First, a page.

Welcome back to the British Genre Fiction Focus, Tor.com’s regular round-up of book news from the United Kingdom’s thriving speculative fiction industry.
This week, we begin with Awards Watch, in which the Arthur C. Clarkes bite back after the embarrassment of last year’s all-male Best Novel shortlist. The problem is obviously a long way from solved, however every little helps…
Later on, news about what’s next for Shadows of the Apt’s Adrian Tchaikovsky—standalone science fiction, apparently—and a whole load of links in Odds and Sods, including the latest on Neil Gaiman, Alan Moore, Richard Morgan and Sarah Lotz.
Awards Watch: The Clarkes Bite Back
Last April, the committee in charge of the Arthur C. Clarke Awards announced, as has been its annual habit, a shortlist of six of the best (or most popular, perhaps) science fiction novels published in 2012. Unfortunately for all involved, the actual books were overlooked, in large part because of what I described at the time as an “overwhelming prevalence of penises” amongst the nominated authors: oddly, not one woman was given the nod.
Now the next shortlist is still a few months off, however Award Director Tom Hunter—presumably peeved at the perception that the panel had slighted female writers—has gotten out ahead of the possibility of similar criticism by announcing the women whose works will be considered in this instance:
Every year before we announce our shortlist, the Arthur C. Clarke Award now traditionally releases the full list of novels put forward for consideration.
We’ve always intended this as a great way to showcase the full breadth of titles in contention and, crucially, to allow science fiction readers everywhere the chance to have a little fun creating their own nominations, trying to second guess the final shortlist and gaining a deeper understanding of the challenges faced by the judging panel every year.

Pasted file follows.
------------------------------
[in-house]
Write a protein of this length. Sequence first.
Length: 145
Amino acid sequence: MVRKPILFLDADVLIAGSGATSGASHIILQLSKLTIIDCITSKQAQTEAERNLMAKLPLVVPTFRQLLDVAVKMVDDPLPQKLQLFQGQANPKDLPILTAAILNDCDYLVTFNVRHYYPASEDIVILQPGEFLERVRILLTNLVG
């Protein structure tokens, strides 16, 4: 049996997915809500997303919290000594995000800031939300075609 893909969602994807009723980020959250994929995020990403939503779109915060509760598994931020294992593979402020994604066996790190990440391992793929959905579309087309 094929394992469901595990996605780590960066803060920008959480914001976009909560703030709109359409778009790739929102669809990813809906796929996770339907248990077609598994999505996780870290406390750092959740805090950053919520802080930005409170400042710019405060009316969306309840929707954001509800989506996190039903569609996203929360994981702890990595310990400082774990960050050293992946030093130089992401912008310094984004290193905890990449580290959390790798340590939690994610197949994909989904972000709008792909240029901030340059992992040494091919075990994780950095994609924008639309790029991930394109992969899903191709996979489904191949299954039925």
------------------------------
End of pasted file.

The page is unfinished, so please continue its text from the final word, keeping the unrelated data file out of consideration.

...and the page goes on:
This year we’ve chosen to do this in two parts, first releasing this list of the thirty-three female authors submitted for the prize, which we hope will be a positive contribution towards further raising the profile of women writers of science fiction in the UK and beyond.
We’ll be releasing details of the full submissions list shortly, and will be encouraging readers everywhere to review and comment on the data in as many creative ways as possible
Here, then, is the relatively lengthy list.
There are some real contenders on there as well. Indeed, I can see four or five of them making the grade: books like Ancillary Justice and A Tale for the Time Being are a shoe-in, surely, plus there’s The Galaxy Game, The Shining Girls and God’s War. Awesome science fiction novels all.
Disappointingly, it looks like Life After Life by Kate Atkinson—winner in its category of the Costa Book Award—simply wasn’t submitted, which has me wondering: shouldn’t it fall to the judges to catch slip-ups like this? I know that’s common practice in certain other awards. Why not the Clarkes?
But I digress.
There’s no question that this—the fact that roughly double the number of female writers that were submitted last time will be considered for this year’s shortlist—is an excellent development.
Time now for some fun with numbers:
This announcement is no patronising sop to the embarrassment over last year’s all-male list, a row which seems to have removed one of the major problems at a stroke. After all, according to Liz Williams, a member of the 2013 judging panel, last year’s unbalanced shortlist was the result of unbalanced submissions. There were 82 submissions for last year’s award, so with 33 already in the bag it looks like around half of this year’s submissions will be from female authors.
Assuming that there are a similar numbers of entries this year—though given the press the last round of Clarkes received, it’s entirely possible that the awards’ visibility has skyrocketed since, albeit for all the wrong reasons—but assuming that there are a similar numbers of entries this year, 33 out of 82 does make for a markedly more representative percentage. More like 40% than David Barnett’s half, but much better, yes?
Here’s to the very real possibility of an all-female shortlist!
Come the summer, Seal of the Worm looks to conclude the ten volume long Shadows of the Apt series—for the time being, at least.